There is a book I discovered some years ago. The 101 of “Negotiation”. Once you’ve read it, you’ll have a framework to handle any problem that needs a solution (including the discussion with money men). Life changing. I use it for all my negotiations.
Please note that this book is all but a way to learn how to put pressure on others, or similar dirty tricks. It’s a way to negotiate in a fair manner.
A funny fact about it is that it was initially written decades ago, and withstood time.
The authors wrote the book as part of a renowned program of Harvard University. Many more books (also part of this program) have been written since then, that are all worth being read. This one is the starting point.
It is called “Getting to YES: Negotiating Agreement Without Giving In” (Amazon DE, FR, UK, US).
You must read it before your home purchase.
It provides a four-steps method to handle any problem-solving situation:
- 1/ Separate the people from the problem
- 2/ Focus on the interests, not positions
- 3/ Invent multiple options looking for mutual gains before deciding what to do
- 4/ Insist that the result be based on some objective standard
As an example, we can fill the step 2 together based on the negotiation power curve we just discussed before.
When you are in the first phase “Promoting”, one clear interest of the promoter is to sell his first apartments as soon as possible. His position may be to stick to the brochure price, but you can satisfy one of his interests by signing the contract right away instead of taking your decision after several days or weeks — in exchange of a discount obviously.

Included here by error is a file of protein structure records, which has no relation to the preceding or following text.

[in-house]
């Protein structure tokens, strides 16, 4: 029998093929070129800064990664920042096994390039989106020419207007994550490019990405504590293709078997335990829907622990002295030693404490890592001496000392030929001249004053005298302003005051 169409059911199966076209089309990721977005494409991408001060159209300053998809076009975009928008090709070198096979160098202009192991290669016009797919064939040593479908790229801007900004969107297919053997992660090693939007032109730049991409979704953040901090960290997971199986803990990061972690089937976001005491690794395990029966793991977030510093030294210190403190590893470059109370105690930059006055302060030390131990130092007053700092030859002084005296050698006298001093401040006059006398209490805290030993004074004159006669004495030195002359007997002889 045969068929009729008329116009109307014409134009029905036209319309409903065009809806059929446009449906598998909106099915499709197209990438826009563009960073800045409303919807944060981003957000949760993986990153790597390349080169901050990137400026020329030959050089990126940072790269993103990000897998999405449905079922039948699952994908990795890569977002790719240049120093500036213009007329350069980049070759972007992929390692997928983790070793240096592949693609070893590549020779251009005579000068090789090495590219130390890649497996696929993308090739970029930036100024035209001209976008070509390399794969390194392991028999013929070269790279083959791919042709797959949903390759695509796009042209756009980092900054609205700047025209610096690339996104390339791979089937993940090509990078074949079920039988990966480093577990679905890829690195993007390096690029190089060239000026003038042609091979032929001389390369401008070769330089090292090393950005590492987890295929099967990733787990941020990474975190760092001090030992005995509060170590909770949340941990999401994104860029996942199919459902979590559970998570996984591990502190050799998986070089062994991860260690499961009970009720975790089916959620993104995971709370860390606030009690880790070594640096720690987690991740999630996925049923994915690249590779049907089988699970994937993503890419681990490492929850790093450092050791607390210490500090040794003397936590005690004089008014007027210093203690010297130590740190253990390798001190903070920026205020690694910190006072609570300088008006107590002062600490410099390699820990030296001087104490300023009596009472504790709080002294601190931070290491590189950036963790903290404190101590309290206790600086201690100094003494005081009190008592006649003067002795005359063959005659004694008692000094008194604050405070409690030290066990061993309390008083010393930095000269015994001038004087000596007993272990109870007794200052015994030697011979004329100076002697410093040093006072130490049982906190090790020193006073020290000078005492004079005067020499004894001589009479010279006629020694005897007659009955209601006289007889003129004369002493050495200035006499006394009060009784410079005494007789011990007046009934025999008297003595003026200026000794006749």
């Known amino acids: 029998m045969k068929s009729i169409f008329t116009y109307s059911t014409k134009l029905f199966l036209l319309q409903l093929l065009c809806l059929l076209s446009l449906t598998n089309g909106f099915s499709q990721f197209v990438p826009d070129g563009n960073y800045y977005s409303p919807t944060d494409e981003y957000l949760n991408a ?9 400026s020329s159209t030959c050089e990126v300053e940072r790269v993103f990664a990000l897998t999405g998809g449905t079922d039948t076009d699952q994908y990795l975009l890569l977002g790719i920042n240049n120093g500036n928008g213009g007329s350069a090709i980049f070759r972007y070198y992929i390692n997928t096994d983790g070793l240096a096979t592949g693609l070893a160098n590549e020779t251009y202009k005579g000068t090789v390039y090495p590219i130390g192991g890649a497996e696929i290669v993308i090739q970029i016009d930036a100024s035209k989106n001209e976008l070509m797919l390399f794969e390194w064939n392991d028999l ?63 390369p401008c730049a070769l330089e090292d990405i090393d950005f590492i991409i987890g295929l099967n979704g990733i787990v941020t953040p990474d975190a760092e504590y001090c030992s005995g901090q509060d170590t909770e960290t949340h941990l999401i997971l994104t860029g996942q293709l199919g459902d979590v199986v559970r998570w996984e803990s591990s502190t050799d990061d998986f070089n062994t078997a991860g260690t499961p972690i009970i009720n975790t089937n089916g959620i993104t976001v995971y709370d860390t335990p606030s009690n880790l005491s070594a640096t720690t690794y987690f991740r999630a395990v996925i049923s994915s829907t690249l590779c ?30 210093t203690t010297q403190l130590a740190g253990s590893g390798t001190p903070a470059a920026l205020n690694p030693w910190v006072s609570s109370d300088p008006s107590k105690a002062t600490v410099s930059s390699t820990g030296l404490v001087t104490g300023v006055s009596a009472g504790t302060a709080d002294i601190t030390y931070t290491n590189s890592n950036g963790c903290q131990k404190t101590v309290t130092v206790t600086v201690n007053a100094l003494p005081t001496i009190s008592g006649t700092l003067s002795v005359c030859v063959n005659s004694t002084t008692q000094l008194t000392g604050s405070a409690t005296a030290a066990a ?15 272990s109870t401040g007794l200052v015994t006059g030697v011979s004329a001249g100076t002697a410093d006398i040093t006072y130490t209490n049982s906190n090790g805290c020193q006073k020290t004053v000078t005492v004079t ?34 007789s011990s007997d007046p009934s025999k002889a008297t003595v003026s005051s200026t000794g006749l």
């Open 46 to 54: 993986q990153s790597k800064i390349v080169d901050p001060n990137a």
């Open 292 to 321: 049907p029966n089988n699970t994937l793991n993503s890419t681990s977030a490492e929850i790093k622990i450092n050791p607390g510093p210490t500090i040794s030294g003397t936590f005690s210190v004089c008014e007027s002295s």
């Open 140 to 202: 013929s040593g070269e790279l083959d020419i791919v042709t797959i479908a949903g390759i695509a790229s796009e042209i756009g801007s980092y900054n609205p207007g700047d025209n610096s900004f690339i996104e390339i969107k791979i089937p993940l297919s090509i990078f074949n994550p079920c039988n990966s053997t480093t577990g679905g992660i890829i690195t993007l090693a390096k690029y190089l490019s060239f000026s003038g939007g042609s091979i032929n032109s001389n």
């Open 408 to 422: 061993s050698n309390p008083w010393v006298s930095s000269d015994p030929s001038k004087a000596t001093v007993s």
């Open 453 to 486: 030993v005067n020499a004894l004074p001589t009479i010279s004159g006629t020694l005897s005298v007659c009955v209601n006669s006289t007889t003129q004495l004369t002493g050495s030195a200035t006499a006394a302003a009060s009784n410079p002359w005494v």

On the other hand, one interest of the promoter during the second phase “Construction” is to finish the building the soonest possible. He doesn’t want to bother with sales nor with tile-color-choice workshops. If you try to get the deal against other potential buyers, one way to satisfy his interest could be to commit to a maximum number of workshops, and also to deadlines for your choices that you will respect carefully.
This could help you to win the deal.
In the third phase “Post-construction promoting”, the promoter wants to sell quickly, again. By stating you’re paying in cash, you could sign at the notary office the next morning with money in his pocket the day after.
You unlock his next building funding. He offers you a decent rebate.
These situations are only examples to show you how one can — and need to — be creative when looking for solutions. For sure there are many more interests to be uncovered in order to propose appropriate options that provide mutual gains for both parties.